The poems attributed to Homer, the Iliad and Odyssey, seem to have been sung in their final form during about the eighth century B.C., although contradictory Greek traditions offered many alternative datings. A number of cities asserted that they were the poet's birthplace, but the strongest claims were those of the island of Chios, off the west coast of Asia Minor, and the city of Smyrna (Izmir) on that coast. The internal evidence of the poems on the whole supports the belief that this was the region of the Greek world from which he came. The tradition that he was blind is not implausible, since the bards who earned a livelihood by singing at Greek courts were often blind.
Homer possessed an exceptionally powerful and imaginative visual sense, which prompted Voltaire to define him as a "sublime painter." The color, vividness, and tenderness of his similes, for example - drawn as they are from an extensive range of nature and life - convey the pictorial and emotional appeal of everyday scenes and doings with a deep sympathy and intuitive power. The rapidly moving, picturesque, imaginative diction in which the poet enlarges on these and many other themes is always suited to its various subjects.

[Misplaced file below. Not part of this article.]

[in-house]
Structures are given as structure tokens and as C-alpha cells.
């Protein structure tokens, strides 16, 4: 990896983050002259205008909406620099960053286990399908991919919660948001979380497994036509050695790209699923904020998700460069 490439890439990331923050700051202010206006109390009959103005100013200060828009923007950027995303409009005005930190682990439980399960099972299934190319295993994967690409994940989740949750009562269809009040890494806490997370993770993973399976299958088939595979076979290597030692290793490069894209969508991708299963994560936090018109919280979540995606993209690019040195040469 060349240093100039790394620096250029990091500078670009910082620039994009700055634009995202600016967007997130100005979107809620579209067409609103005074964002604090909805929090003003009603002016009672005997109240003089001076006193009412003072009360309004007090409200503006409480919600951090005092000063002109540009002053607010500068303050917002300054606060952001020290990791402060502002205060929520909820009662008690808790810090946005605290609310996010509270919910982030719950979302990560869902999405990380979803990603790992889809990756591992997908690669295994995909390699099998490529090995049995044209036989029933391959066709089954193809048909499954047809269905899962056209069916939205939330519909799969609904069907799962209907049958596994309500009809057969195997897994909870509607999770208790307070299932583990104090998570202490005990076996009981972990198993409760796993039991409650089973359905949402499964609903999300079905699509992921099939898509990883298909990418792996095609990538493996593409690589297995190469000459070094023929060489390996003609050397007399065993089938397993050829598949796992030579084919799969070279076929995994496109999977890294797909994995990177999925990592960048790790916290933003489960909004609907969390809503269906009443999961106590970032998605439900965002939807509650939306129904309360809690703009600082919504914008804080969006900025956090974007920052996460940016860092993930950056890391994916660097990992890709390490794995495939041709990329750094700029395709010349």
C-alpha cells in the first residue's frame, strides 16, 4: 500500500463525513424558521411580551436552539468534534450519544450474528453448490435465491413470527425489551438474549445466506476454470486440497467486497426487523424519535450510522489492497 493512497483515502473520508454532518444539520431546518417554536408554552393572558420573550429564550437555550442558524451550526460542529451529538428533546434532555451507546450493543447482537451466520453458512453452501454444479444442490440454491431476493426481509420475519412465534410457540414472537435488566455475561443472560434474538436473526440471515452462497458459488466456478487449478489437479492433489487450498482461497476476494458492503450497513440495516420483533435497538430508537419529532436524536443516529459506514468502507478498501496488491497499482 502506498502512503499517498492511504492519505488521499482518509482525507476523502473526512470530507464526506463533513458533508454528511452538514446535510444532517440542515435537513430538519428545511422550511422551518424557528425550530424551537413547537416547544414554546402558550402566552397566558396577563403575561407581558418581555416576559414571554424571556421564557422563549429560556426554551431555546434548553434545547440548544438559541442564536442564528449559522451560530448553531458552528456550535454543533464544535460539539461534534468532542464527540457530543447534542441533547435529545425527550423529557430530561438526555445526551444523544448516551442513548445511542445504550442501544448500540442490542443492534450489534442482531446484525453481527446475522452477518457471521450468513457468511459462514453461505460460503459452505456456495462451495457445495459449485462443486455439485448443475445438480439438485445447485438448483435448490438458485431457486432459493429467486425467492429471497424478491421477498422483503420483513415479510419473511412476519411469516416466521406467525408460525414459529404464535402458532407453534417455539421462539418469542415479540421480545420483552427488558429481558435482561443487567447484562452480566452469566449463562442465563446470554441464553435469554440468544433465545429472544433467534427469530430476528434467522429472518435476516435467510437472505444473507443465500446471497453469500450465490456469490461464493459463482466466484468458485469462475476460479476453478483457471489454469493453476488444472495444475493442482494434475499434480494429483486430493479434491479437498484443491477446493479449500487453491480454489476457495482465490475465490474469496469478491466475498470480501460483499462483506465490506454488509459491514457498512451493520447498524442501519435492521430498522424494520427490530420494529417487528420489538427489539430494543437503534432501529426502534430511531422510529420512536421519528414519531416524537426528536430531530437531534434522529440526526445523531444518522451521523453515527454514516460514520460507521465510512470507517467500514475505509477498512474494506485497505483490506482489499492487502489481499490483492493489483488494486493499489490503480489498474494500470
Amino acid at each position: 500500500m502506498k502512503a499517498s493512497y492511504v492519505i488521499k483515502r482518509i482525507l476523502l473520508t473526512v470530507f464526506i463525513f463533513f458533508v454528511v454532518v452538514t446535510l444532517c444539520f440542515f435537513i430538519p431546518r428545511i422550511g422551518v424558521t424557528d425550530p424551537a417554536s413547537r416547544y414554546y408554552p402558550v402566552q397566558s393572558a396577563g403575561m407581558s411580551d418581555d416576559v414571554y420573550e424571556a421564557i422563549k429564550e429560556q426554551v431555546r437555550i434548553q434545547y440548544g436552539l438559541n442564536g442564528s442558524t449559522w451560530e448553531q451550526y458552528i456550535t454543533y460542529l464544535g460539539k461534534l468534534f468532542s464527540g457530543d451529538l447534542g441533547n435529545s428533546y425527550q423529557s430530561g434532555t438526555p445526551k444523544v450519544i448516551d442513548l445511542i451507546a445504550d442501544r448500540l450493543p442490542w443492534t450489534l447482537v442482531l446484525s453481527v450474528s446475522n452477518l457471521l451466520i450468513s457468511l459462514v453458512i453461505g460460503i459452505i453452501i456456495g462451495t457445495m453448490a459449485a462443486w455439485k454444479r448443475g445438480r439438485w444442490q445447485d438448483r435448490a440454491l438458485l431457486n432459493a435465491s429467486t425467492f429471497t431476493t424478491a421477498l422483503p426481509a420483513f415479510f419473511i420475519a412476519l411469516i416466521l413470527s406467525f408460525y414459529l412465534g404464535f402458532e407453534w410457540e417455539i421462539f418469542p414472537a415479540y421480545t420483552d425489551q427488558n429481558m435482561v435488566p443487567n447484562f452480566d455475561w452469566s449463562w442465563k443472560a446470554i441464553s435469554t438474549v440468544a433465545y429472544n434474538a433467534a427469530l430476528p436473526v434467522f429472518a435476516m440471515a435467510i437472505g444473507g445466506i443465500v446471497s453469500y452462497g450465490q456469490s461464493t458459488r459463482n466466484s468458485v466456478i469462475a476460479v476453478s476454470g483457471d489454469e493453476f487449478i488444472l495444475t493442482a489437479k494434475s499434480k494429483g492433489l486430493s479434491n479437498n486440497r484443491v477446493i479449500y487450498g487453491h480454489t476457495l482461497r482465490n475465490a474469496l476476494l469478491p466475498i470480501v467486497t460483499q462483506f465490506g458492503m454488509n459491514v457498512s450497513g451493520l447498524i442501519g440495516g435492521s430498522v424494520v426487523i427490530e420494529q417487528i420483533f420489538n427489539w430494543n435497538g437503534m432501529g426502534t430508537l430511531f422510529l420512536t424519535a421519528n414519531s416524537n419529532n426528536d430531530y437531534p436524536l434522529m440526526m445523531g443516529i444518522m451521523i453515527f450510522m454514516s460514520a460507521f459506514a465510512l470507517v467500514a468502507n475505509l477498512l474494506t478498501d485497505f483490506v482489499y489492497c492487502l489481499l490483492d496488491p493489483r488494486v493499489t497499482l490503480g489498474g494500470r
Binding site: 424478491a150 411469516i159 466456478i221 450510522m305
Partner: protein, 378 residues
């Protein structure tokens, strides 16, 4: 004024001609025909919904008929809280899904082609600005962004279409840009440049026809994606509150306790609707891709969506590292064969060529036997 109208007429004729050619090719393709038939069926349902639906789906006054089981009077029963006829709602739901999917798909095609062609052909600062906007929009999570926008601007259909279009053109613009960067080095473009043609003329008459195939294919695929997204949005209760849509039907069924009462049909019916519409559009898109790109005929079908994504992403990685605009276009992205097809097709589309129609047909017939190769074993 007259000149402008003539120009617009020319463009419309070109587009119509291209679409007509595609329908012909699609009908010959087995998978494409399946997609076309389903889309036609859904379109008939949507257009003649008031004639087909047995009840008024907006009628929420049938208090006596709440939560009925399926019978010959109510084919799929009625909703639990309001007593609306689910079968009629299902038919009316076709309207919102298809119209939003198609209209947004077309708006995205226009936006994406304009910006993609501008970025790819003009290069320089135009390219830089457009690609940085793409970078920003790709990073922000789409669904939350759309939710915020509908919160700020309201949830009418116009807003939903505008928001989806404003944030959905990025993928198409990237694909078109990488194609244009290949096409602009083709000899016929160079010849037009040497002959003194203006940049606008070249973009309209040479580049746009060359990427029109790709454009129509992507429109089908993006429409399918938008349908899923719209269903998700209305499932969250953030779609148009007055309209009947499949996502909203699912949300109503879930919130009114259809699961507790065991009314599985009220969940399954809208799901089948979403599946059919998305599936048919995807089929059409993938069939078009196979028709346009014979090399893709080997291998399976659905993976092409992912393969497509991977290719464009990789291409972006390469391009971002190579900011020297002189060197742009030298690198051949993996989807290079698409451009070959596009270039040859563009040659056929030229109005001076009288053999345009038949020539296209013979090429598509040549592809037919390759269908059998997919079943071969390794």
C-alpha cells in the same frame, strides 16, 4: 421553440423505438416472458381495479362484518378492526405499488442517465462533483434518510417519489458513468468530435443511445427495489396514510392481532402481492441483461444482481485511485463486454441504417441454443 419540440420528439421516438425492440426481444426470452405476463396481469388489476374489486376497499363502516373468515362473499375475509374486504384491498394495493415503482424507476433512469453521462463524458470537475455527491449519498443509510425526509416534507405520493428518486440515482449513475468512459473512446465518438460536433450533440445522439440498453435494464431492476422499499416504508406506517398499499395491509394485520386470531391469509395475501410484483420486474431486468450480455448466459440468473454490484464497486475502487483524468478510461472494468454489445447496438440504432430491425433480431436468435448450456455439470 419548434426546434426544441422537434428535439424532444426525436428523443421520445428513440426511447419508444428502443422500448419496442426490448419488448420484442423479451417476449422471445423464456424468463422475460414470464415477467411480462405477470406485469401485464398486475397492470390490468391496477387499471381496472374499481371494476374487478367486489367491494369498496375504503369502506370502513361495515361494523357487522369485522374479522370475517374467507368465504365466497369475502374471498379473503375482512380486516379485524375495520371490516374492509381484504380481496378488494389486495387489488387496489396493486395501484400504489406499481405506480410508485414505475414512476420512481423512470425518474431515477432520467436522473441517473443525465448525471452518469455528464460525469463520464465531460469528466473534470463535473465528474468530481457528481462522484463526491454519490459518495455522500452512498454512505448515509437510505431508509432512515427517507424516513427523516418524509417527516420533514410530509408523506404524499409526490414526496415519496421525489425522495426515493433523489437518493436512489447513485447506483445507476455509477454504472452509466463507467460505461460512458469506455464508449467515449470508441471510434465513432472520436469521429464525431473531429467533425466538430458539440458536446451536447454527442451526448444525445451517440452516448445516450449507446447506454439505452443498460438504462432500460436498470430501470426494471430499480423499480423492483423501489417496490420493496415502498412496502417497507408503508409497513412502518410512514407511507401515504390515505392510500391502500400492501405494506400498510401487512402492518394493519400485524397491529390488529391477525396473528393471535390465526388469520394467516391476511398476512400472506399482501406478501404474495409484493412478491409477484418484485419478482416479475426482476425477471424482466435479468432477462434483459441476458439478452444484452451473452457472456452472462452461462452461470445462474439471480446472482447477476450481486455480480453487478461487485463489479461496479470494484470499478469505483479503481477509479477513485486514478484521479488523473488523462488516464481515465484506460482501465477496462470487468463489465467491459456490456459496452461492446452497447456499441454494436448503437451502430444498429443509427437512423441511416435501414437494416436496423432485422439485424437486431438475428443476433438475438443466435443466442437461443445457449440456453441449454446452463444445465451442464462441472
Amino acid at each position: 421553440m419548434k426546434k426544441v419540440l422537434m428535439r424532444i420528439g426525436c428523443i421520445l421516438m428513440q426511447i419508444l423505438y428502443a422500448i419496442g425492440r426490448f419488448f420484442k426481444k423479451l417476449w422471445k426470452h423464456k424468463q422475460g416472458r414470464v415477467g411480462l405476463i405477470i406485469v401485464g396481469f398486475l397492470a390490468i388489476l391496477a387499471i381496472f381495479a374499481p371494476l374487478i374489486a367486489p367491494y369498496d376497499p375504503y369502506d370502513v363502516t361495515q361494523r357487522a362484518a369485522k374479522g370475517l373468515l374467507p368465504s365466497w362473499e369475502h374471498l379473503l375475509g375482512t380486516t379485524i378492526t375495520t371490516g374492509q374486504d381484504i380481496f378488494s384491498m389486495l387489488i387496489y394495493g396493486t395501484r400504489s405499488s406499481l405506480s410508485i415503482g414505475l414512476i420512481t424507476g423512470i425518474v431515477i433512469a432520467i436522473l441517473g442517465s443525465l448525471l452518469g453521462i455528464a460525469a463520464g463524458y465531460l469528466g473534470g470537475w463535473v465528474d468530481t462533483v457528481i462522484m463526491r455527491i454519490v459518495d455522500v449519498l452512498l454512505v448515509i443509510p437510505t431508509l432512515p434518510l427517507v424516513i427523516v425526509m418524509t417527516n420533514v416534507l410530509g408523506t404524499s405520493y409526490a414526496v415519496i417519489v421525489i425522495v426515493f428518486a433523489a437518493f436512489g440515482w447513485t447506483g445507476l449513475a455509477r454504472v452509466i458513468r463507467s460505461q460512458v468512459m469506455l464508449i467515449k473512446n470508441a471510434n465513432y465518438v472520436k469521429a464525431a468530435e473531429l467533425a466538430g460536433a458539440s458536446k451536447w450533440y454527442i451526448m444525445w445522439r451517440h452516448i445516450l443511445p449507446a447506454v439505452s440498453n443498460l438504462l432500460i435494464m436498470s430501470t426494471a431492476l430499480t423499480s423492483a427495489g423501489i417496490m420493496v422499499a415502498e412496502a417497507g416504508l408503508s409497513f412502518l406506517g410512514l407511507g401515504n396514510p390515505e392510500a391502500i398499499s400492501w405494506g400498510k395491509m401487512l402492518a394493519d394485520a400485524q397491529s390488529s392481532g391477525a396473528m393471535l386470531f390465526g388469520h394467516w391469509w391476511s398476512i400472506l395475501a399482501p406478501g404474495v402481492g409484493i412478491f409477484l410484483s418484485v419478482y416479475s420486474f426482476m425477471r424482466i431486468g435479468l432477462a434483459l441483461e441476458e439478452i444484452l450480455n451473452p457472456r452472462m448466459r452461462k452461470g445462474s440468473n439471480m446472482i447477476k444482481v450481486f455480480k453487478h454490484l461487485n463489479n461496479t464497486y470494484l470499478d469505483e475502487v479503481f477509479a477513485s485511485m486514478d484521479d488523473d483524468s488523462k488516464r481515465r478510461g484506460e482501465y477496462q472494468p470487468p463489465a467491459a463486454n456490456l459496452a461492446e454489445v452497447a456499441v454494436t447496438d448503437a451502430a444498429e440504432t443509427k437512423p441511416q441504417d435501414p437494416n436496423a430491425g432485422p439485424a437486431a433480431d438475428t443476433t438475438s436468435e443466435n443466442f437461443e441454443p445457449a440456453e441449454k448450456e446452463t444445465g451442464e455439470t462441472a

Homer's unique descriptive talent enables him to present each personage as a strongly differentiated individual. The most formidable in the Iliad is Achilles. Savage, sulky and vindictive, at times, but also the most handsome, eloquent, courteous, generous, wise and cultured of all heroes, possessing in extreme degree all their virtues and faults. He is by turns lustful for imperishable fame, valorous in battle, and furiously sensitive to insults - in short, he is the most nearly complete exponent of the Homeric code of honor, which, for good or evil, is one of the Iliad's outstanding contributions to the social history of the world.